I am an Australian natural history writer and photographer. My aim is to encourage people to venture outdoors and enjoy the natural beauty of our planet.
Visit my blog naturallysouthaustralia.com
Published May 2nd 2020
Prospecting for Wildlife
There is a Blackbird fossicking amongst the leaf litter that blankets the ground under a flowering gum. The bright yellow beak and ring around its eye combined with plumage, that is completely black, denotes it as a male. The females are a uniform dull brown. Other birds including Red Wattlebirds, New Holland Honeyeaters and Mudlarks are also in the trees, but they are wary and hard to photograph on this rather overcast morning.
I am sitting in the Ern Sconce Rotary Park one of the many green spaces in the suburb of Prospect, on the city's northern fringe. In these days of social distancing and isolation, it is worth thinking about exploring your own suburb and discovering some of the wildlife delights that it may hold. Your local streets and gardens are home to a surprising number of animals. Check out a map or street directory, search online using your suburb with the keywords parks and recreation, or use Google Earth. The number of green spaces in the area may surprise you.
Later in the day when the sun has burnt off some of the morning clouds, I walk to the Soldiers Memorial Gardens behind the North Adelaide oval. There is a community garden, children's playground, tennis courts and toilets in this area. The combination of lawn, trees and shrubs makes it an ideal area to encounter a wide range of species. Some Noisy Miners are feeding on a late-blooming Bottlebrush tree and small wasps are crawling around of the furry foliage of some ground covers. There are thousands of species of native wasps and these are probably one of the spider hunting variety.
My final destination on this 'Tour de Prospect' is Saint Helens Park on Prospect Road near Blackfriars College. It is an open grassed area with some very old gums towering over most of the park. There are several rose gardens and an ancient carob tree as well as the rather lovely St Helens House, opposite.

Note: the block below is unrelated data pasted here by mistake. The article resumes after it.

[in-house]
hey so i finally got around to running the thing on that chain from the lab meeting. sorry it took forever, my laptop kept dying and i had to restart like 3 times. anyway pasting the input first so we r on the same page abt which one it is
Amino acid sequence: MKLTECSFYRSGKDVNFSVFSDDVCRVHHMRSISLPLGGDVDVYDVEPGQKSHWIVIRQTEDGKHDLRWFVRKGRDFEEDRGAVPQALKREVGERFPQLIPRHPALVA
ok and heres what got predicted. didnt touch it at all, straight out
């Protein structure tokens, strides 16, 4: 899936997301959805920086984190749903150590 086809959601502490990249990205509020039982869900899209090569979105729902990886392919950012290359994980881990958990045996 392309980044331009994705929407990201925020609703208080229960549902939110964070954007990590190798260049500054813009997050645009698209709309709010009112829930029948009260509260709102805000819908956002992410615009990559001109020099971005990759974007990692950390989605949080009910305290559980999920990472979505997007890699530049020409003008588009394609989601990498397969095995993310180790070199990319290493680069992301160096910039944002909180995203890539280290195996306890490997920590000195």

Like roses attract aphids, the massive eucalypts attract their fair share of animals and today is no exception. There are Rainbow Lorikeets and Musk Lorikeets high in the canopy and a pair of Galahs are sitting by a hollow branch. These birds are shrouded by shadows and just out of reasonable camera range. Magpies and Ibises are strutting around the lawns but I want something a little more unusual to round off my walk around Prospect.
With this in mind, I take a look at the gums from a different perspective. Some of the trees are shedding significant amounts of bark and I start to peel a little off to see what kinds of animals are living in this micro-habitat. Initially, I find several earwigs, a cockroach and a colony of termites but later I discover a lovely Marbled Gecko. The little lizard holds still for just long enough to snap a shot before it scuttles back under some bark to resume its daytime nap.
My walk has been productive, healthy and local. All the bases we need to touch in these unusual times.
Enjoy your own suburb and let me know how you go.
Additional notes This is an easy walk/drive which is quite suitable for families and seniors with public toilets, barbecues, parking and other facilities nearby. It is dog friendly.